It was during Ayub’s era that the ideology of Pakistan had to be re-manufactured under a central bureaucracy and the fact that Ayub being a general of the army himself glorified the institution to be essential to the state. The ideology given erected Muslims as a monolithic community-cementing Islamic nationalism once more. However, this took on a new role this time with the ever-threatening neighbor next door. Many are of the opinion that the reason for the installation of Islamic nationalism was a result of forming a policy against the hindu majority India next door. It was to counter their nationalistic fervor, solidifying the legitimization of the creation of Pakistan in the first place.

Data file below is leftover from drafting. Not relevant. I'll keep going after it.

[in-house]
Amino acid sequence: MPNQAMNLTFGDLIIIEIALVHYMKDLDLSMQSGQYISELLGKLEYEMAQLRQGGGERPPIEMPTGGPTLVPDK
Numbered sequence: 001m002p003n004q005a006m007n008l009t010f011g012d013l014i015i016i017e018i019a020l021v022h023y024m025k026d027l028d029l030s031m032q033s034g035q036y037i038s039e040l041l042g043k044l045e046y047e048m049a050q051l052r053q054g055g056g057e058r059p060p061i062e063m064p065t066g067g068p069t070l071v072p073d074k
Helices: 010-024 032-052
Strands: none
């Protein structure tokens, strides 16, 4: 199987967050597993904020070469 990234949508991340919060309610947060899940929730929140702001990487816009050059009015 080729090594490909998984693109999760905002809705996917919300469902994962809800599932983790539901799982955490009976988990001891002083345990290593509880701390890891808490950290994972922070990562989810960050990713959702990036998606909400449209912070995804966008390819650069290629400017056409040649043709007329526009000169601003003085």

Moving into Zulfiqar Ali Bhutto’s time, with the cold war penetrating into various regions of the world, he took a stance on unifying the Islamic world under the banner of an organization such as the OIC (organization of the Islamic conference) which was to replace the abolished caliphate. This organization started laying the grounds for Pakistan to be falling into the trap of Pan-Islamism, the brunt of which it still bears today. Even though the organization was to cater to the troubles of the Islamic world, a power struggle surfaced as each regional leader contested for the chiefdom of this newly established idea of an Islamic bloc operating against the west. This notion was not to last for Pakistan as trouble on its own turf started, again, enabling the phenomenon that this era of Pan-Islamism was a mistake for Pakistan to begin with. With the removal of Bhutto and Zia’s take over; Islamism lay overtly open at home and was supported by the army’s rule. As Afghanistan’s soil was used to pit one super power-that of the USA- against the increasingly weakening one, USSR, Zia took the opportunity to breed Islamists in aid with America who until today pose the largest threats to the country.